We absolutely love duck. It is a natural pairing with Pinot noir as duck’s dense meatiness complements Pinot noir’s plummy spiciness. Last summer we made this dish for 50 or so friends when they convened for a visit at the vineyard. It set a perfect tone for the weekend.
Braised Duck Ingredients
4 duck legs
Salt and Pepper
1 teaspoon herbes de Provence
3 cups Pinot noir
1 tbs olive oil or duck fat
1 shallot minced
1 thyme sprig
1 bay leaf
Although duck breast is fairly easy to find at the meat department of your local grocer, duck legs may be a little more difficult to obtain. Not to worry, just buy a couple of whole ducks and cut them into parts. Cut the breasts off the bone and save them for another dish. The remainder of the carcass can be used to make stock for the following recipe (see stock recipe below). As a winery, we always have volumes of Pinot noir on hand to use for the braising liquid. For you, we recommend using a low priced, but thoroughly quaffable super-market Pinot noir.
Preheat oven to 375°F.
Prep braising liquid
Put Pinot noir into saucepan. Bring to boil with medium high heat. When at boil, tilt pan away and carefully ignite surface to flame and burn off alcohol. Turn heat down to a simmer.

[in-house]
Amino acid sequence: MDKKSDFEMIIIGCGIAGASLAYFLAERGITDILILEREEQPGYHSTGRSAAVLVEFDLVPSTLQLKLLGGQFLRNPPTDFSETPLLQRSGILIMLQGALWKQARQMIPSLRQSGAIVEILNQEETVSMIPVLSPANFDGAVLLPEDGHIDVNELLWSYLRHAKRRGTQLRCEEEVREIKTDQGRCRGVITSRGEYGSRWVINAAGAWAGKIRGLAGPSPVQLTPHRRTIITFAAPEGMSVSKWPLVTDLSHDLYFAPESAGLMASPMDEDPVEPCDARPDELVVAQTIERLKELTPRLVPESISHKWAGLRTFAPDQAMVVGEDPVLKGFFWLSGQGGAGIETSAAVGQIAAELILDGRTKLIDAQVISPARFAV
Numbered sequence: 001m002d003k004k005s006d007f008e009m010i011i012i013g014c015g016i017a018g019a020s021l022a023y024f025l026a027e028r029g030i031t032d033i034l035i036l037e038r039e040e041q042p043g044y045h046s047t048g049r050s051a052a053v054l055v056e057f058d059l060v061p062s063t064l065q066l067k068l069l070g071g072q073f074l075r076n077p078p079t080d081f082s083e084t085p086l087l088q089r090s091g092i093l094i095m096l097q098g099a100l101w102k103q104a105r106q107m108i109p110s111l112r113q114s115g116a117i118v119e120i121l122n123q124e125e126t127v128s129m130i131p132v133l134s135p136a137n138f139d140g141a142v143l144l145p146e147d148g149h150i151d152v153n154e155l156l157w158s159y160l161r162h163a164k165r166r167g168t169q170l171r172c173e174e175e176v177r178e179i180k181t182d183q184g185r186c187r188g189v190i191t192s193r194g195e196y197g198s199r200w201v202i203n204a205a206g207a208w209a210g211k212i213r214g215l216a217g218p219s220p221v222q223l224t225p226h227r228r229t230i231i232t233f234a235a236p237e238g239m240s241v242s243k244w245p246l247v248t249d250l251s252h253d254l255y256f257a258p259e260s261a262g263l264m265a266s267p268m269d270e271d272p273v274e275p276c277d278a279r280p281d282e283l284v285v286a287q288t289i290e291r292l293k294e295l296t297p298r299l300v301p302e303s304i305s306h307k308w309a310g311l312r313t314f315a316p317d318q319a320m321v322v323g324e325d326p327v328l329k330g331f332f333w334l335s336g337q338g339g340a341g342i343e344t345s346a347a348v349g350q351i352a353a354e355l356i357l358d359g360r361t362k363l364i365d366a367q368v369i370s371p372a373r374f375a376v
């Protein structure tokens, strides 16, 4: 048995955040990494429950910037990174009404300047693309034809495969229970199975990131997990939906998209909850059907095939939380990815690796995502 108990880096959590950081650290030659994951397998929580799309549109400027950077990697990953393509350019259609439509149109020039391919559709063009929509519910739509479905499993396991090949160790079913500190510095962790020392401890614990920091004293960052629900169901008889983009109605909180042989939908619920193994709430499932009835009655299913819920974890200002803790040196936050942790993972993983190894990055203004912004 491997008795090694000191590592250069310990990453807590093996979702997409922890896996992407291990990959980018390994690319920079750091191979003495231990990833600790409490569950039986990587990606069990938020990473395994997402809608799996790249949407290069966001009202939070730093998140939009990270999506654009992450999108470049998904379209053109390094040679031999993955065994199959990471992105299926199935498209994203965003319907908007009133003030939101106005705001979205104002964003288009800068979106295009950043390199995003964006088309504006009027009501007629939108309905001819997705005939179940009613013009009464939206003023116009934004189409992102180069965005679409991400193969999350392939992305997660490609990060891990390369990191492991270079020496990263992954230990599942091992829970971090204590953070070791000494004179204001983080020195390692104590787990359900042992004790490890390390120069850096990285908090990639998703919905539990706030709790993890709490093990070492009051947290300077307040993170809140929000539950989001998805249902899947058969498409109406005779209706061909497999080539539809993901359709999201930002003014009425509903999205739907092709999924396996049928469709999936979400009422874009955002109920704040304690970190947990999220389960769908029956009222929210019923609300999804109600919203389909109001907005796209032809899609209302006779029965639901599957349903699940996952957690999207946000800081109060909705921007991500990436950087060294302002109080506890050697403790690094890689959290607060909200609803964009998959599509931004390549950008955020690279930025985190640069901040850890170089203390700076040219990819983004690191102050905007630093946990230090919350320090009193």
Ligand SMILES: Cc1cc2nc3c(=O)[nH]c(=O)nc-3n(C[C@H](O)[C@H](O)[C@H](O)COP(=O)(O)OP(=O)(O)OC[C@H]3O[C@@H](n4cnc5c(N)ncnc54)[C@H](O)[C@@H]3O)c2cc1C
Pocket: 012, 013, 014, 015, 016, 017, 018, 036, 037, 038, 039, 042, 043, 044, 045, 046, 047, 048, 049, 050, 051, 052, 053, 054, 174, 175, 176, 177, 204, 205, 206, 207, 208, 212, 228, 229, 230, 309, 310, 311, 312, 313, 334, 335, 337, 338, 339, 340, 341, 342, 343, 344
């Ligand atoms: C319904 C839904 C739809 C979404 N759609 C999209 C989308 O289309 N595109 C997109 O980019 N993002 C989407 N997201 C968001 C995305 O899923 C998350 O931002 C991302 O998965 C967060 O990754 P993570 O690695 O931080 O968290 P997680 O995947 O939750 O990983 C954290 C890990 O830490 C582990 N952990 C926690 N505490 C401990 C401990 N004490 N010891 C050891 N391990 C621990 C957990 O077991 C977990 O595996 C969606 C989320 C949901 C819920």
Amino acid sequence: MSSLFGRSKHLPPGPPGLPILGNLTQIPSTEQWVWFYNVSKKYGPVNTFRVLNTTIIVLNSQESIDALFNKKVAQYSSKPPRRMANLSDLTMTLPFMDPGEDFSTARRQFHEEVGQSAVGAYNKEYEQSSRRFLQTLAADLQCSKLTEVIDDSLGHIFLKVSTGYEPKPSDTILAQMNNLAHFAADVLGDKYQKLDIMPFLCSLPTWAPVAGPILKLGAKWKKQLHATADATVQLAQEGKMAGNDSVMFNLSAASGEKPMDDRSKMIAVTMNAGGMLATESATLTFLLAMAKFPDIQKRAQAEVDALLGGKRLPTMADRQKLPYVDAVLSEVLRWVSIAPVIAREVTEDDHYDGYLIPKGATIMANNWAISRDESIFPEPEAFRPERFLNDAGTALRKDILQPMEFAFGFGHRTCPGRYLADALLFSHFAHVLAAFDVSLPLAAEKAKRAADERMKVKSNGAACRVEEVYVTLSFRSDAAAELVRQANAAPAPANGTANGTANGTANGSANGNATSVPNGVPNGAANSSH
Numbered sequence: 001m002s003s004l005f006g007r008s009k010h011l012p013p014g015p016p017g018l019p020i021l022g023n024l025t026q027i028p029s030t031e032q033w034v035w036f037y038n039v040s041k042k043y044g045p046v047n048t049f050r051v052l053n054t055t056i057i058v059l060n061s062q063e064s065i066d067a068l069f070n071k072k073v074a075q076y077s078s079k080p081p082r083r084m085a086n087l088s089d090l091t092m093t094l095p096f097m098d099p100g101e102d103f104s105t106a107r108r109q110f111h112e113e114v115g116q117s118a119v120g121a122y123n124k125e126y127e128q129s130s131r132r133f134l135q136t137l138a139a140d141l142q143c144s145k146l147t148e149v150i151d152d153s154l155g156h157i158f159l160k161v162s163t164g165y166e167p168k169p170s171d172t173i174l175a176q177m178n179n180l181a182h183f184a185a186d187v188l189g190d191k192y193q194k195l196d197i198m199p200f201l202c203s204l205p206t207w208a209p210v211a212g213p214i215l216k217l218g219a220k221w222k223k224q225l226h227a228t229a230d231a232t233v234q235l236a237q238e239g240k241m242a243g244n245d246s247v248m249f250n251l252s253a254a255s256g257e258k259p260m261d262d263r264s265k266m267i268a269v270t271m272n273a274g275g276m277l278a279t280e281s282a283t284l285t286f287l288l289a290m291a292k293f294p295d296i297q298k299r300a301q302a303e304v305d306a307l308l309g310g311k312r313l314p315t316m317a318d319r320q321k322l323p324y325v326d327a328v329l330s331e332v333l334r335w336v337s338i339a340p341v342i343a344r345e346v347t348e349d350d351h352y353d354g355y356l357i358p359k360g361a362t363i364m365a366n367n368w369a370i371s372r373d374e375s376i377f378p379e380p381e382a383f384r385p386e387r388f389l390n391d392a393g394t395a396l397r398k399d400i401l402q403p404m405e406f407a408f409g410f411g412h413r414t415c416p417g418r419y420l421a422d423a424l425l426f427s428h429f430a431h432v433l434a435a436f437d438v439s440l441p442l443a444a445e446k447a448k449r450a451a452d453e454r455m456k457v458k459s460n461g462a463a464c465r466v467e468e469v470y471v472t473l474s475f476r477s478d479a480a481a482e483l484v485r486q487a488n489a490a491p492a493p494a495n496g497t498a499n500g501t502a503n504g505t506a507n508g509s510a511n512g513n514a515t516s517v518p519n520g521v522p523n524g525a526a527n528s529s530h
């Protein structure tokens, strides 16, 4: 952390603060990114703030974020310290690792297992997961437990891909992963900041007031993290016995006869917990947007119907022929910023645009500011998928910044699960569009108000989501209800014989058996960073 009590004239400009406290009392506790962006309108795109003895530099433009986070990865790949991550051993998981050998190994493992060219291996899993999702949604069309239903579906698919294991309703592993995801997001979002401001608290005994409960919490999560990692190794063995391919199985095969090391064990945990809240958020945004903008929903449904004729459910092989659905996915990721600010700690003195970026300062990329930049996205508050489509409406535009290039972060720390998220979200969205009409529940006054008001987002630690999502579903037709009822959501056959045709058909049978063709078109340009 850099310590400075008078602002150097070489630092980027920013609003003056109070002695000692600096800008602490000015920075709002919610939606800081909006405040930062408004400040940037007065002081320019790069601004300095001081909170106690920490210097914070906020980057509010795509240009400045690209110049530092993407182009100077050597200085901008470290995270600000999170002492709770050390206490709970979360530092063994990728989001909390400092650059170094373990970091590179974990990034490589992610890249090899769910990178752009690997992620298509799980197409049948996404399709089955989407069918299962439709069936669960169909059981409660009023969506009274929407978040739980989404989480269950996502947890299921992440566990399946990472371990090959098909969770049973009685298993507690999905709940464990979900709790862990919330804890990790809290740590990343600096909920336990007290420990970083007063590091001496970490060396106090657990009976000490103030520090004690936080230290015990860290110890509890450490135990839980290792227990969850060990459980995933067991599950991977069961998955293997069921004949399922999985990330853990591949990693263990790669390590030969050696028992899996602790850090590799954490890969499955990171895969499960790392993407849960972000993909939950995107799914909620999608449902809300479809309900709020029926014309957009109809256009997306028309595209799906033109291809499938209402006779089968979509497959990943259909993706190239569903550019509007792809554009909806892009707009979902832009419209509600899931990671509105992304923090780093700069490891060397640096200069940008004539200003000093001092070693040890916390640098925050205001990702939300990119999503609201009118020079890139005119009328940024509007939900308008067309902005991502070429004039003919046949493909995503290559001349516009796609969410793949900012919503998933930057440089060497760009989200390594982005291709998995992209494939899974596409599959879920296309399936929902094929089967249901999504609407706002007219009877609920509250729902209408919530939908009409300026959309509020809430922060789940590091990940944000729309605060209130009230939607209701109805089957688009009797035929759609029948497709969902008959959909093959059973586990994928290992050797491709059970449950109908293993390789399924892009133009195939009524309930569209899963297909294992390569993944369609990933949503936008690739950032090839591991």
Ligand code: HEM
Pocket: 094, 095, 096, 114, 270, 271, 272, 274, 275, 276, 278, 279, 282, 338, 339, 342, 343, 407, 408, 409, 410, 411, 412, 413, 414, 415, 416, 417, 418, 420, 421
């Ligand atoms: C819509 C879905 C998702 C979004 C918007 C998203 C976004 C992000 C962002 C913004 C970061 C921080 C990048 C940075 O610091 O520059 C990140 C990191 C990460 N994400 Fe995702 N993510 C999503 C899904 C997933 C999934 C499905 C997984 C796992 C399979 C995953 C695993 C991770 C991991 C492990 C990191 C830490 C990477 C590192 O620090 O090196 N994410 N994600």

Prepare the stock
Brown the cleaned duck bones in a large pot with a little vegetable oil for 10-15 minutes over medium heat. Add a chopped onion, carrot, celery, and a few cloves of garlic and cook a little longer ~8 minutes. Then add enough water to cover and bring to a boil. Lower heat and simmer uncovered for 4 hours to make a perfect duck stock.
Prepare the duck
Season the duck legs with salt and pepper and the herbes de Provence. Put the legs (skin side up) in a pan that will just hold them comfortably. Roast uncovered for 1 hour, then pour off and reserve rendered fat. Pour the heated wine over the legs. It should be just deep enough so that the meat is immersed but the skin is exposed. Cook the legs for 30 more minutes, or until meat is tender and the skin is golden red.
Prepare the sauce
In a small saucepan, heat the olive oil and cook the shallot until lightly colored. Add the thyme, bay leaf, and 2 cups of the duck stock. Simmer and reduce by half, then add 2 more cups of stock. Skim the scum on the surface frequently. Continue simmering and adding additional stock until all of the stock has been added. Add 1 cup of the braising liquid and reduce to a spoon-coating consistency. Keep the sauce warm.
Spoon a little sauce onto a plate. Place duck leg on sauce and spoon sauce over the duck. Serve with soft polenta and the following Brussels sprouts preparation. These dishes go fabulously with Peay Vineyards Pinot noir.